AHL mourns loss of Sam Pollock

The American Hockey League joins the hockey community in mourning the loss of Hockey Hall of Famer Sam Pollock, who passed away on Wednesday at the age of 81.

As the general manager and architect of the Montreal Canadiens’ dynasties of the 1960’s and 1970’s, Pollock won nine Stanley Cup championships, but he also carved a legacy in the AHL when the Canadiens became the first NHL team to purchase an AHL franchise.

The Montreal Voyageurs served as the Canadiens’ top development affiliate from 1969-71 and then moved to Halifax, where the Nova Scotia Voyageurs captured three Calder Cup championships, including two (1976, 1977) in years when the Canadiens also won the Stanley Cup.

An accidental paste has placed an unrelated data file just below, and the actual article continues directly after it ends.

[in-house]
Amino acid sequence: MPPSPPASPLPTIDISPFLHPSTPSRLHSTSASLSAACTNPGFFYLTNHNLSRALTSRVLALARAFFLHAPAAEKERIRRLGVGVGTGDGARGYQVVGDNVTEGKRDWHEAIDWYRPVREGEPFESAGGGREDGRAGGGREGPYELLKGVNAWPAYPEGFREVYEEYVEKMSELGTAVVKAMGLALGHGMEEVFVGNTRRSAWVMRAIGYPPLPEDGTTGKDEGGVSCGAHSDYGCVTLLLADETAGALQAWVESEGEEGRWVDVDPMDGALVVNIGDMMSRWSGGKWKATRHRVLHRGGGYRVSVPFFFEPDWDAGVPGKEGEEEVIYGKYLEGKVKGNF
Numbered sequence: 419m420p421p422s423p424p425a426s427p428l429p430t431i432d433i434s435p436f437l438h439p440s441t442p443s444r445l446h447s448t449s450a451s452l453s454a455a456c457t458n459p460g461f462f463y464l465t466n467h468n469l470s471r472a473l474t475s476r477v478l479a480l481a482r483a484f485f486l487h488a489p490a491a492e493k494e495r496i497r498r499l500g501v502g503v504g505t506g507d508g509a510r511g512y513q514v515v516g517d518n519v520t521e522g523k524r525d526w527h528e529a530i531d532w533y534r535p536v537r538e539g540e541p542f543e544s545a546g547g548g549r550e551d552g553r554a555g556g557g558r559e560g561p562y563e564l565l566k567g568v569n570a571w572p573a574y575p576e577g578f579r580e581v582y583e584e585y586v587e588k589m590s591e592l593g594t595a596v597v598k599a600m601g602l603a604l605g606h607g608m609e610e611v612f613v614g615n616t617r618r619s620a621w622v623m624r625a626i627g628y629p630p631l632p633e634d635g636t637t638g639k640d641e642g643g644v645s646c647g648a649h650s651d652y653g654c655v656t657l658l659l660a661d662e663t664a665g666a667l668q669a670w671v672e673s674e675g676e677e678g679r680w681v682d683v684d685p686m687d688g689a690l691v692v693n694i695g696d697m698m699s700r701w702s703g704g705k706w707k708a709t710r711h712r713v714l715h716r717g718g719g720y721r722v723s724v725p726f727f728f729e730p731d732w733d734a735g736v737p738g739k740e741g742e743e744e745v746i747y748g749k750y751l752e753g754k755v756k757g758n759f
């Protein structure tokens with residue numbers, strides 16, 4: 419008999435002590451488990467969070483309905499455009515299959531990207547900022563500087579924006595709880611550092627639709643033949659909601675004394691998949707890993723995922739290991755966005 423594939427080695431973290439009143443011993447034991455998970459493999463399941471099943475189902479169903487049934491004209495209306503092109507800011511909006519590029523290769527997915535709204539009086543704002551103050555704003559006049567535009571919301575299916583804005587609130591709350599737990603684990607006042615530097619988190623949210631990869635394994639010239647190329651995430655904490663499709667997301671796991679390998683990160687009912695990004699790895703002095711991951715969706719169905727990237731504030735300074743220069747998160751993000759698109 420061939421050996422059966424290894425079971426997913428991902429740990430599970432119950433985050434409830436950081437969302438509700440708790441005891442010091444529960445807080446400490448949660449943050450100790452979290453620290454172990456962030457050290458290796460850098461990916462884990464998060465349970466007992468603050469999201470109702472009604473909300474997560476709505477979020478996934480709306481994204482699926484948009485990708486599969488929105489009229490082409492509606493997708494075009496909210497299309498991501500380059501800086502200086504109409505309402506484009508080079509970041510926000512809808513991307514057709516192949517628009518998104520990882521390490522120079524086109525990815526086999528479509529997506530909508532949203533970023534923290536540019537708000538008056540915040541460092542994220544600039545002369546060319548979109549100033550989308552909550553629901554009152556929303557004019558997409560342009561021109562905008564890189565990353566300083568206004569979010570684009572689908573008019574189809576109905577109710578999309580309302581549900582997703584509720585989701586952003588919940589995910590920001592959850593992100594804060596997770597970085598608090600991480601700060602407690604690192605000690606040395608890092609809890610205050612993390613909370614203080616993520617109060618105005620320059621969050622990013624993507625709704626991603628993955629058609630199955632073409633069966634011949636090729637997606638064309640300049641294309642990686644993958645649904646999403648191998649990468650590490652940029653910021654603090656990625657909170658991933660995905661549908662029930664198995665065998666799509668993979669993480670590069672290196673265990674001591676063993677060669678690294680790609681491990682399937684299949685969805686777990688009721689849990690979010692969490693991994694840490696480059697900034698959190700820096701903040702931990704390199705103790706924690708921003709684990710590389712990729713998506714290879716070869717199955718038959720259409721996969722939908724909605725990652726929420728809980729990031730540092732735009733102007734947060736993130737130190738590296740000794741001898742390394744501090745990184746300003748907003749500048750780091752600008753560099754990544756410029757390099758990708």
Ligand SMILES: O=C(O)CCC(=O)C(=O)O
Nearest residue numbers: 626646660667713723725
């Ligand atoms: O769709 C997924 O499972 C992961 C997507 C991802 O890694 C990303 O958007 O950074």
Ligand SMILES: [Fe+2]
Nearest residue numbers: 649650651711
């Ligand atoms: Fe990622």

In 1995-96, the AHL created the Sam Pollock Trophy for the regular-season winner of the Atlantic Division. Since 2003-04, the trophy has been awarded to the North Division champion.

Pollock joined the Canadiens organization in 1945-46, and served in a number of capacities before taking over as general manager in 1964. In 1958-59, Pollock spent 20 games as head coach of the AHL’s Rochester Americans, then a Canadiens affiliate.

Pollock, who was inducted into the Hockey Hall of Fame in 1978 as a builder, received the Order of Canada in 1985 and the Chevalier de l’Ordre du Quebec in 2002.